Sex attacker jailed: Padley case highlights importance of DNA database, says judge

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THE senior judge who jailed sex attacker Jordan Padley said the case highlighted the importance of taking DNA samples from suspects arrested for offences.

Padley evaded capture for more than a year after attacking his victim on November 4, 2010, until he was arrested on November 20, the following year, over another matter and a DNA sample taken.

It was placed on the national DNA database and was matched with evidence left behind after his sexual assault on his schoolgirl victim.

Police have refused to release details of the offence which led to his capture and it was not mentioned in court, but jailing Padley, Judge Lawler said: “If anything shows the value of obtaining DNA samples this case is it.

“A year went by before you were tracked by your DNA when you were arrested for a different matter.”

Detective Chief Inspector Phil Etheridge, who led the police investigation, said it should serve as a warning to other criminals on the run.

“These offences will never go away - those responsible will be suspects for the rest of their lives,” he said.

“As technology advances and more and more people come to police attention and DNA samples are obtained offenders who think they have got away with it will never be safe.

“Victims of sexual offences should have confidence in reporting crimes knowing how seriously we taken them and that we will never close the case.”

He said there was a team of officers working on the case every day that Padley was on the run.

DCI Etheridge said stranger sex attacks are so rare in Sheffield that the case generated fear in and around Fox Hill, with residents concerned the culprit could strike again.

Parents stopped letting their children play out alone and officers mounted emergency police patrols in the area to try to restore calm.

DCI Etheridge said the community ‘pulled together’ in the aftermath of the attack and were desperate for the attacker to be caught.

Police took the unusual step of agreeing to a mass DNA screening exercise in the immediate area surrounding the open land where the attack took place.

They asked 250 men in the area to provide DNA swabs to be matched against a sample recovered from the crime scene.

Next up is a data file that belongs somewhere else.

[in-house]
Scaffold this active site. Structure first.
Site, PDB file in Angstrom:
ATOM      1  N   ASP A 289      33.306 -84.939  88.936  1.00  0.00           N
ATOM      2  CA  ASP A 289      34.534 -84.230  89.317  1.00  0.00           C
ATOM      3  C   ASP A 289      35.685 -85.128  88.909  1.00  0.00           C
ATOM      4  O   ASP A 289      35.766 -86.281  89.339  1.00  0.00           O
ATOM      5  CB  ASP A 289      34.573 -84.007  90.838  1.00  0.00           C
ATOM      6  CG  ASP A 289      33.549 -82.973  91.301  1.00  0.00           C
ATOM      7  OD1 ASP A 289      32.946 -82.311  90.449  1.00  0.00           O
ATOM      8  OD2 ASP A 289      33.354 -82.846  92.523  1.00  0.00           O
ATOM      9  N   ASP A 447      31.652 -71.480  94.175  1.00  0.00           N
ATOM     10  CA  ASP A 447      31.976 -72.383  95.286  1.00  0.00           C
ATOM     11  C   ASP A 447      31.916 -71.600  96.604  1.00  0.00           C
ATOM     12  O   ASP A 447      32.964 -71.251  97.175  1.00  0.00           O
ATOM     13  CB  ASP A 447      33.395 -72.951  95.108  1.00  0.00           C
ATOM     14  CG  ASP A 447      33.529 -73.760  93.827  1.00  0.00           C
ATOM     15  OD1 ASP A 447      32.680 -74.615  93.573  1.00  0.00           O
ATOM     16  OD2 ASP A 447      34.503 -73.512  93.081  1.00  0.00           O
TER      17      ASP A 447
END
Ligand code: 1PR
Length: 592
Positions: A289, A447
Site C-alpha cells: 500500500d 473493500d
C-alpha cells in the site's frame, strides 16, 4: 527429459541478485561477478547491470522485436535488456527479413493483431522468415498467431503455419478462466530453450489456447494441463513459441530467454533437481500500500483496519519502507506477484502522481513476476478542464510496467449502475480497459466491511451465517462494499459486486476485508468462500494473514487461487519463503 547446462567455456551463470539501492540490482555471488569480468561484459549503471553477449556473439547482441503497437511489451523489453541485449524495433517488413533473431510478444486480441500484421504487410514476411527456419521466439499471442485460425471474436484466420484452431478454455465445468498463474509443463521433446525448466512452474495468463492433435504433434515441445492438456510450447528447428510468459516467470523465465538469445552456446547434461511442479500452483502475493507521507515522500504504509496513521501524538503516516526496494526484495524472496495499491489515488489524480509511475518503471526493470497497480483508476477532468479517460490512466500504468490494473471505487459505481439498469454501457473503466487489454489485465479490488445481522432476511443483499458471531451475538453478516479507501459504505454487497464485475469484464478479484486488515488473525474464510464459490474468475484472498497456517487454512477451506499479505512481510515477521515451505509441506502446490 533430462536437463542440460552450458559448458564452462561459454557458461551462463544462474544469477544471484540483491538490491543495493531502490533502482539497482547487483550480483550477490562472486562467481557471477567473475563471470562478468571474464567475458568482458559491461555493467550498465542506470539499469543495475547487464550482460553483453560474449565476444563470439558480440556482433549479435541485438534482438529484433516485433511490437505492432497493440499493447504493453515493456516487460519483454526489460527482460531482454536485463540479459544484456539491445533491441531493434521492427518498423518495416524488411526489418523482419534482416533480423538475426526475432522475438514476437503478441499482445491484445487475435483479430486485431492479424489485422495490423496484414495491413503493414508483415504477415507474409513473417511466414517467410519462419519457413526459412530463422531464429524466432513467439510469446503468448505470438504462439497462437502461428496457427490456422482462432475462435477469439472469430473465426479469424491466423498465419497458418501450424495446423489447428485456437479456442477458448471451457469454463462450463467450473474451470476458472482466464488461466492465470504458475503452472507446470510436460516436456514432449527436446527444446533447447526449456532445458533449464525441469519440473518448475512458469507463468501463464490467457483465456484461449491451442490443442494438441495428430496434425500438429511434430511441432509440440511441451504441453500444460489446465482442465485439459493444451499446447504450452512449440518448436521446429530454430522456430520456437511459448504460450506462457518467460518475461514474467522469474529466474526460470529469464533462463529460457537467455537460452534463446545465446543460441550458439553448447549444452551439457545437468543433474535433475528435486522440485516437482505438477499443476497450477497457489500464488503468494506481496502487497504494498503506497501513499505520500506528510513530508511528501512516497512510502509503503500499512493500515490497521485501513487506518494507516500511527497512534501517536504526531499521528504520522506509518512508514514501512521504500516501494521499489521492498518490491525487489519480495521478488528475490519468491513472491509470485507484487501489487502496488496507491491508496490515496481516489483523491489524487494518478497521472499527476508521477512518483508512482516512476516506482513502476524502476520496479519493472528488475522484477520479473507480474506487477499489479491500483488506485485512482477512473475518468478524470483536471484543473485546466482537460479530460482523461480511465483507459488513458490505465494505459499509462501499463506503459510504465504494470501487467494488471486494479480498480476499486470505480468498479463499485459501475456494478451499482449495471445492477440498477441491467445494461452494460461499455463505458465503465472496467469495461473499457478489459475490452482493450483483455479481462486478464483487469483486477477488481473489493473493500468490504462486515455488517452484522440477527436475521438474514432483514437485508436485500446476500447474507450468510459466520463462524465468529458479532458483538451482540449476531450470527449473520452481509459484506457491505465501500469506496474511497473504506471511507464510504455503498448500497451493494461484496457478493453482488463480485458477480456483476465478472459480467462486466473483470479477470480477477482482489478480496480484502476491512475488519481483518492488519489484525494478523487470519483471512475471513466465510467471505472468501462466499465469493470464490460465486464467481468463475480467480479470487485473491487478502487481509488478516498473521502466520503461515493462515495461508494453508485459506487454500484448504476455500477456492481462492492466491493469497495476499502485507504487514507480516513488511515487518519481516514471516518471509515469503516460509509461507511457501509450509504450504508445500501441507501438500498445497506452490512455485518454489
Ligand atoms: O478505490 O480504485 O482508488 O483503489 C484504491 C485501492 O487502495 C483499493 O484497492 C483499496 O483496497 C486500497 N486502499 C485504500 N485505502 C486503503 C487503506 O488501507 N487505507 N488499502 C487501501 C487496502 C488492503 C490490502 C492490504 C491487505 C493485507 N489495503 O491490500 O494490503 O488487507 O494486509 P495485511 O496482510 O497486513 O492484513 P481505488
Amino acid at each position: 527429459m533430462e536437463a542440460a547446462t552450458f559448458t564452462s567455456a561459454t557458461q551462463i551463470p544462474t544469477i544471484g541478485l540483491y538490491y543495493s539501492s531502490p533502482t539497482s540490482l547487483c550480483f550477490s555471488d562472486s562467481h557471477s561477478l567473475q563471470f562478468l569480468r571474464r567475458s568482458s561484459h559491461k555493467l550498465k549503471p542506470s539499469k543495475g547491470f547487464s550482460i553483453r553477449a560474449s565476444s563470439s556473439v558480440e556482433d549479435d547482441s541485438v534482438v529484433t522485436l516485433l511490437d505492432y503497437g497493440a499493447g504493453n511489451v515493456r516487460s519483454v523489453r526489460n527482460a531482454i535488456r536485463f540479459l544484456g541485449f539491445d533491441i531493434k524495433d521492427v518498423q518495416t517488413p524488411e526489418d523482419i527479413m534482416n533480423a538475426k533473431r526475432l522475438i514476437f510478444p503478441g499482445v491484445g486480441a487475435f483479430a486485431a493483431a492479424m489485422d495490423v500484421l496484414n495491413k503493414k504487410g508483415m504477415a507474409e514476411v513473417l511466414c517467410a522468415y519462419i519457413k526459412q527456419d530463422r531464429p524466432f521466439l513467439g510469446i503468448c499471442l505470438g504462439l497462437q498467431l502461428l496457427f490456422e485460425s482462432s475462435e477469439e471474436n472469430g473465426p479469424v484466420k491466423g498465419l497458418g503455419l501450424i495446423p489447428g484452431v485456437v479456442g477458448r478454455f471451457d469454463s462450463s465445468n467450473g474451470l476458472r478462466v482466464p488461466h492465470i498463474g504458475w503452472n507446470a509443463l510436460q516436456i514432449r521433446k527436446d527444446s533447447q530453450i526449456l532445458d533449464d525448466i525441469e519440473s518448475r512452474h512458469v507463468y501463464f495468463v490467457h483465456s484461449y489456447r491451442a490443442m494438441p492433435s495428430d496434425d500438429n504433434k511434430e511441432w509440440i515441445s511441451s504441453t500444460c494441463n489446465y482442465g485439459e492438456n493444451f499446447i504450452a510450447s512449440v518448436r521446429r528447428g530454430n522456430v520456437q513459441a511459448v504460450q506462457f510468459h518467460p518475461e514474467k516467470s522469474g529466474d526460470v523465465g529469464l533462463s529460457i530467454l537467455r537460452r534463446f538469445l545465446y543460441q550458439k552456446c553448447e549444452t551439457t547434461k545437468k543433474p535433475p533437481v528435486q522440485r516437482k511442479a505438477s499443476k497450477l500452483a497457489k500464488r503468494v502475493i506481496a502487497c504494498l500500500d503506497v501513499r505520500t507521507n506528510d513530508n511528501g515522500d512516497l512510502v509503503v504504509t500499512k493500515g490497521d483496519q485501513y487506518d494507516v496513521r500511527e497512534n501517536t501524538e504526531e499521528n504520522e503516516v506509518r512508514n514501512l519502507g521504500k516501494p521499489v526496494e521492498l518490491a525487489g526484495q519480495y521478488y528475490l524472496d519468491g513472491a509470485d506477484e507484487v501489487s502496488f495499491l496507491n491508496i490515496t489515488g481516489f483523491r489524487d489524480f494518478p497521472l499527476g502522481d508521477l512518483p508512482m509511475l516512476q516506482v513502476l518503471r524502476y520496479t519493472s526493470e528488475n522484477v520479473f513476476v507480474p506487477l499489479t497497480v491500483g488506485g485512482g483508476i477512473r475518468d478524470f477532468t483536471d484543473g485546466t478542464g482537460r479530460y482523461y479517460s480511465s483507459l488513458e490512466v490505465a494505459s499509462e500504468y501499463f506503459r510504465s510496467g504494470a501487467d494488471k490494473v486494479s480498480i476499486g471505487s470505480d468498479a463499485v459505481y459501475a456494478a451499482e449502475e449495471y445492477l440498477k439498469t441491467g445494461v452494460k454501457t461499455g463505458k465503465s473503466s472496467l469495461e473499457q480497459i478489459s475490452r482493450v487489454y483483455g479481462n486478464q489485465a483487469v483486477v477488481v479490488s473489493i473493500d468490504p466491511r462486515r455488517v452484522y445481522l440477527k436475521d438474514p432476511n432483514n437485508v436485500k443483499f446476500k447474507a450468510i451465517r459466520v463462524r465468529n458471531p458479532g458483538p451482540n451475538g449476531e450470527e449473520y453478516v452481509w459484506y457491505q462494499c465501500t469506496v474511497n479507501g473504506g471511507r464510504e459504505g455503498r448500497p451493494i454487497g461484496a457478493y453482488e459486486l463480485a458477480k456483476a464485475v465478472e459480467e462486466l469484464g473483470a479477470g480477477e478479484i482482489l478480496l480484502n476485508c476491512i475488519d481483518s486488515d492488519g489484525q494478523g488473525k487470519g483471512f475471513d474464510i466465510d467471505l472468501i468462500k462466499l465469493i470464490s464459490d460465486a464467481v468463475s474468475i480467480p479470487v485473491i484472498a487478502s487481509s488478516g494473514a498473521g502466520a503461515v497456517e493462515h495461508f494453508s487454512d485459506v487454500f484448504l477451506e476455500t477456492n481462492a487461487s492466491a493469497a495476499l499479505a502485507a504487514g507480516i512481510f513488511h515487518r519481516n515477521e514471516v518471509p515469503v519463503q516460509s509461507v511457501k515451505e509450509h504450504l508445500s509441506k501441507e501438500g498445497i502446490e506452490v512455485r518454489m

He said in addition to extensive house-to-house enquiries in the community, plus DNA screening, officers mounted a road block exercise on the one-month anniversary of the attack to try to identify people in the area on the day of the attack who may have slipped through the net.

They also circulated an e-fit of the suspect and made an appeal for information on BBC’s Crimewatch programme.

“His selfish and perverse actions landed him in the situation he is in now,” added DCI Etheridge.

“He did not know the girl - it was a stranger attacker and community tensions were high afterwards.

“We kept plugging away with the inquiry and when the forensic evidence came to light we arrested him at home.”


PADLEY’S traumatised teenage victim, who was wearing school uniform when she was attacked, is so mentally scarred by her ordeal she is now unable to leave her home alone.

In her own heartbreaking words, the youngster, now 16, prepared a victim impact statement, which was read out in court.

She said: “I have been affected in many ways. I do not like going out alone any more or staying in the house on my own.

“I hate it when anybody touches my back and I don’t like boys coming near me any more. I do not want to think about getting into relationships as I don’t trust boys.

“I always see the bad in people before the good. I don’t see my friends as much as I used to. I’m scared it is going to happen again.

“For a few months after, my schooling was affected - I did not go every day as I felt everyone was staring at me. I don’t think I will get the grades I should.

“Sometimes I can’t eat, other times I eat loads. Sometimes I have nights when I keep waking up and think about what happened.”

Yet she had been prepared to face him in court if he had gone on trial..

“I wanted to make sure he doesn’t do it to anyone else.”


PRISONERS dished out their own form of justice to Jordan Padley - by beating him up behind bars.

His barrister Ian Goldsack told Sheffield Crown Court that the 22-year-old had been attacked while waiting for his case to reach court.

He said he has a scar above one of his eyes resulting from injuries sustained in one of the assaults.

“He has been the victim of assaults while on remand - there is a scar noticeable above his eye,” Mr Goldsack added.

“He has also been in receipt of some counselling and medication to help him deal with the impact of the offence.

“This is not somebody who is guilt free about what he did - quite the contrary. He is dealing with it and suffering with it.”